All you need to know about Myanmar’s election on Sunday

  • AFP
  • Updated: Nov 06, 2015 13:52 IST
Supporters of Myanmar opposition leader Aung San Suu Kyi's National League for Democracy (NLD) set up a stage outside the main train station ahead of a rally in Yangon. (AFP)

More than 30 million people are eligible to vote in Myanmar’s election on Sunday, a poll that could redraw the political landscape of a nation smothered by decades of junta rule.

Here’s what you need to know about the coming election.

Officials prepare a polling station ahead of Myanmar's general elections, in Yangon. (REUTERS)

How significant is the election?

November 8 offers Myanmar voters their first -- and potentially freest -- chance to have a say in their nation’s future.

For decades Myanmar was ruled by an isolationist junta that killed and jailed its opponents.

The military’s so-called “Burmese Way to Socialism” turned a once a booming economy into a basket case as an elite got rich while pushing disastrous economic policies onto the nation.

Aung San Suu Kyi’s National League for Democracy is expected to make major gains, but it is far from certain it will win an outright majority.

A woman buys an Aung San Suu Kyi calendar at a souvenir shop outside of the headquarters of the National League for Democracy party(NLD) in Yangon. (AFP)

Whatever the outcome, there is still a long way to go until the country becomes fully democratic -- the army is granted 25 percent of parliamentary seats under the constitution.

How did it come about?

In 2011 the junta ceded power to a reformist Union Solidarity Development Party (USDP) administration led by ex-general Thein Sein.

Observers say Myanmar’s generals were motivated to open the country to halt economic disintegration.

But they planned the route to “disciplined democracy” carefully, passing a 2008 constitution that ring-fenced the role of the military in parliament and barring Suu Kyi from the presidency.

A Buddhist monk reads newspapers featuring Myanmar opposition leader Aung San Suu Kyi on the cover in Yangon, Myanmar. (AP)

In 2010 the generals released Nobel Peace Prize winner Suu Kyi from years of house arrest after flawed elections.

The USDP government, which released hundreds of political prisoners and restored many freedoms, was rewarded with the lifting of most Western sanctions.

International investors flooded into the virtually untapped market.

President Thein Sein insists he supports Myanmar’s democratic development and has vowed the election will be free and fair, making the polls the clearest test yet of reform.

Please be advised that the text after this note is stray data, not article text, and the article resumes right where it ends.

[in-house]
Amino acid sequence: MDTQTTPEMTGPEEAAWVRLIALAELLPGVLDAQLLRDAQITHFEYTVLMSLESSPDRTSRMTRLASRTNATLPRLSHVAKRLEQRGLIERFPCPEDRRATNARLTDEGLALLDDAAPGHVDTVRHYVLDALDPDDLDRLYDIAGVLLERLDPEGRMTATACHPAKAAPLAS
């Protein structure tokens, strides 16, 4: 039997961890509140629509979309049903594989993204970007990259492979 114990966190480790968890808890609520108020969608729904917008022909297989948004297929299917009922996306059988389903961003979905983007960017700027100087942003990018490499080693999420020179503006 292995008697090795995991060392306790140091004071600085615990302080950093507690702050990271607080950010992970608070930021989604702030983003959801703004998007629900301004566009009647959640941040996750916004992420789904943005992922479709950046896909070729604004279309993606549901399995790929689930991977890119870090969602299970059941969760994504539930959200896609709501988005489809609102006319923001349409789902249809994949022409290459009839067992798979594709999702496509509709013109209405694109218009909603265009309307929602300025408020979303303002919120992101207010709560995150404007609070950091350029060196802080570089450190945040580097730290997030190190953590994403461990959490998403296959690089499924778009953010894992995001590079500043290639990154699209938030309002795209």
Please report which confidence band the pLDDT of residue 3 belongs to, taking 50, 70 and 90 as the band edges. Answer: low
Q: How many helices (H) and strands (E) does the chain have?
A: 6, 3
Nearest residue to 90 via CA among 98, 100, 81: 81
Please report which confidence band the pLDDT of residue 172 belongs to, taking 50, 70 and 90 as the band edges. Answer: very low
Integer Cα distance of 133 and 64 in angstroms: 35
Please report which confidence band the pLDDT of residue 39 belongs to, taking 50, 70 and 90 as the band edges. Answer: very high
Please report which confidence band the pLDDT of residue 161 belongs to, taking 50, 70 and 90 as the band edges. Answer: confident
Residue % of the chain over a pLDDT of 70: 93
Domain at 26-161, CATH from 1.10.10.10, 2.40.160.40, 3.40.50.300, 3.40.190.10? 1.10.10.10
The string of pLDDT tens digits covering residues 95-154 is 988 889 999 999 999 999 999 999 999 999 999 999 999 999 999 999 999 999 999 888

But Suu Kyi has accused the government of backsliding on reforms, a fear echoed by many international observers.

Muslim Rohingya fishermen walk by the port at a refugee camp outside Sittwe October 29, 2015. As Myanmar heads to the polls on Nov. 8 the plight of its Muslim minority remains a blot on what is billed as the country's first free and fair election for 25 years. (REUTERS)

Will it be free and fair?

That very much remains to be seen. Myanmar’s military rulers have never held a free or fair election.

For the first time, overseas observers will be allowed to monitor the vote and the international community is heavily involved in the poll logistics.

Major election fraud would cast a shadow over reforms and raise questions over whether the military are serious about democracy.

Tens of thousands of ethnic Rohingya Muslims in Rakhine State have been disenfranchised, while election authorities have cancelled voting in dozens of townships in war-hit borderlands.

Both issues are potential flashpoints in the election aftermath.

A Muslim Rohingya man washes his hands before praying at a mosque in Aung Minglar in Sittwe. (REUTERS)

Who will win?

Some 30 million people are expected to vote for more than 6,000 candidates standing for 91 different political parties.

There are 323 seats up for grabs in the lower house and 168 in the upper house.

A further 110 seats in the lower house and 56 in the upper are reserved for military appointees.

For an outright majority over the combined parliament, the NLD need to win at least 330 -- or 67 percent -- of the contested seats.

Graphic showing the key players in Myanmar's November 8 general election. (AFP)

The USDP has an automatic head start because of its links with the army. It needs just 33 percent of the seats to combine with the military bloc.

NLD supporters may not stomach anything less than clear victory after years of struggle for democracy.

But a strong result from ethnic parties could dilute the party’s majority.

Observers expect months of political horse-trading after the poll in the run up to a parliamentary vote to select a president early next year.

Timeline on Myanmar opposition leader Aung San Suu Kyi. (AFP)

What happens next?

Whoever reaches a majority can expect to form a government.

The next step will be to choose a president, but it is a deliberately messy process established under an army-scripted constitution.

The lower house, the upper house and the military offer up preferred candidates, with the winner elected by lawmakers.

At the moment President Thein Sein has not ruled out standing, making him a likely military-backed candidate.

Suu Kyi is forbidden from taking the top spot because the charter disbars candidates with foreign born offspring -- her two sons are British nationals.

A short-term election observer of the European Union Election Observation Mission to Myanmar (EU EOM) points a place on a map ahead of deployment in Yangon. (AP)

The NLD has yet to give any hint who its preferred candidate will be, although Suu Kyi has promised it will be a civilian NLD member.

Nonetheless, Suu Kyi has made no secret of her determination to “lead” the government if the NLD wins.

It is unclear how the military will react to this.

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